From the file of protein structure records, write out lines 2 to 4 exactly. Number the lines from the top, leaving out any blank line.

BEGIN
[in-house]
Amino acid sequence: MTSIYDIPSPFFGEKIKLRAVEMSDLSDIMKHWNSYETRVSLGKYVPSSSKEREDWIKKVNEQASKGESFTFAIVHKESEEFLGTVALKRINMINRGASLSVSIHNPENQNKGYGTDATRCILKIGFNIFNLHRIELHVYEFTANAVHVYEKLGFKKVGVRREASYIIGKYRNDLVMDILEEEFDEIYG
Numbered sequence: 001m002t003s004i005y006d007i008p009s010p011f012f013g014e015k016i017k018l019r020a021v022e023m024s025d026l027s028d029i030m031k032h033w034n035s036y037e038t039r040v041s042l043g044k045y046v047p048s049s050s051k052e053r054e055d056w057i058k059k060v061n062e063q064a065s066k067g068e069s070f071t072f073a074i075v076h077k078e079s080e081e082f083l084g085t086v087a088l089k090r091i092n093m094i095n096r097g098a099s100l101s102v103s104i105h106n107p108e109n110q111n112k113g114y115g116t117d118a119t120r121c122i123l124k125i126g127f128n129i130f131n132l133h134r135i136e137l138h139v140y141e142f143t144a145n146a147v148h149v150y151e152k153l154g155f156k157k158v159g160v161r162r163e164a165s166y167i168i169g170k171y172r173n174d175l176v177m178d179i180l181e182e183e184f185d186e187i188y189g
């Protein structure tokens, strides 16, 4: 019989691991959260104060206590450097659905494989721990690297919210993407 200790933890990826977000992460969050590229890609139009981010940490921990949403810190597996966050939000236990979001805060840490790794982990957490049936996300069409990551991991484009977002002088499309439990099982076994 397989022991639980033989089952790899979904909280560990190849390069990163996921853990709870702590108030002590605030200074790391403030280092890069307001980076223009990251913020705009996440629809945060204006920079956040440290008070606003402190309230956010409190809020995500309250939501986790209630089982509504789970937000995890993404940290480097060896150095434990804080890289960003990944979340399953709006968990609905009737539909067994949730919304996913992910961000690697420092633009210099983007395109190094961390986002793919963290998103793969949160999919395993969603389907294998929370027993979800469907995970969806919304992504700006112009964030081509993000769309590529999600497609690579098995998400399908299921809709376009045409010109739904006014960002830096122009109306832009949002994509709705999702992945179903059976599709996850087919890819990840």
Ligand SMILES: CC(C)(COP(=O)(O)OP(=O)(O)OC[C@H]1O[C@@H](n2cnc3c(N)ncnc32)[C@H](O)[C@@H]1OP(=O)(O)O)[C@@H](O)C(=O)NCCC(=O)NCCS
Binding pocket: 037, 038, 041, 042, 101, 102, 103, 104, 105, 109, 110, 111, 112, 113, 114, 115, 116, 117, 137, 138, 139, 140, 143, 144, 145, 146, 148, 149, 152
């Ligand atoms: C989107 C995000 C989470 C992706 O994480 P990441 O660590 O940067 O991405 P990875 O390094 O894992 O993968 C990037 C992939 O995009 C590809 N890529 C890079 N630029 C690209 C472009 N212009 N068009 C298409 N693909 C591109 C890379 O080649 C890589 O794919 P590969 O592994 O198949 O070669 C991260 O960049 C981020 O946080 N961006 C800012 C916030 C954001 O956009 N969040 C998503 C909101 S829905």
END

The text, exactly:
Amino acid sequence: MTSIYDIPSPFFGEKIKLRAVEMSDLSDIMKHWNSYETRVSLGKYVPSSSKEREDWIKKVNEQASKGESFTFAIVHKESEEFLGTVALKRINMINRGASLSVSIHNPENQNKGYGTDATRCILKIGFNIFNLHRIELHVYEFTANAVHVYEKLGFKKVGVRREASYIIGKYRNDLVMDILEEEFDEIYG
Numbered sequence: 001m002t003s004i005y006d007i008p009s010p011f012f013g014e015k016i017k018l019r020a021v022e023m024s025d026l027s028d029i030m031k032h033w034n035s036y037e038t039r040v041s042l043g044k045y046v047p048s049s050s051k052e053r054e055d056w057i058k059k060v061n062e063q064a065s066k067g068e069s070f071t072f073a074i075v076h077k078e079s080e081e082f083l084g085t086v087a088l089k090r091i092n093m094i095n096r097g098a099s100l101s102v103s104i105h106n107p108e109n110q111n112k113g114y115g116t117d118a119t120r121c122i123l124k125i126g127f128n129i130f131n132l133h134r135i136e137l138h139v140y141e142f143t144a145n146a147v148h149v150y151e152k153l154g155f156k157k158v159g160v161r162r163e164a165s166y167i168i169g170k171y172r173n174d175l176v177m178d179i180l181e182e183e184f185d186e187i188y189g
């Protein structure tokens, strides 16, 4: 019989691991959260104060206590450097659905494989721990690297919210993407 200790933890990826977000992460969050590229890609139009981010940490921990949403810190597996966050939000236990979001805060840490790794982990957490049936996300069409990551991991484009977002002088499309439990099982076994 397989022991639980033989089952790899979904909280560990190849390069990163996921853990709870702590108030002590605030200074790391403030280092890069307001980076223009990251913020705009996440629809945060204006920079956040440290008070606003402190309230956010409190809020995500309250939501986790209630089982509504789970937000995890993404940290480097060896150095434990804080890289960003990944979340399953709006968990609905009737539909067994949730919304996913992910961000690697420092633009210099983007395109190094961390986002793919963290998103793969949160999919395993969603389907294998929370027993979800469907995970969806919304992504700006112009964030081509993000769309590529999600497609690579098995998400399908299921809709376009045409010109739904006014960002830096122009109306832009949002994509709705999702992945179903059976599709996850087919890819990840």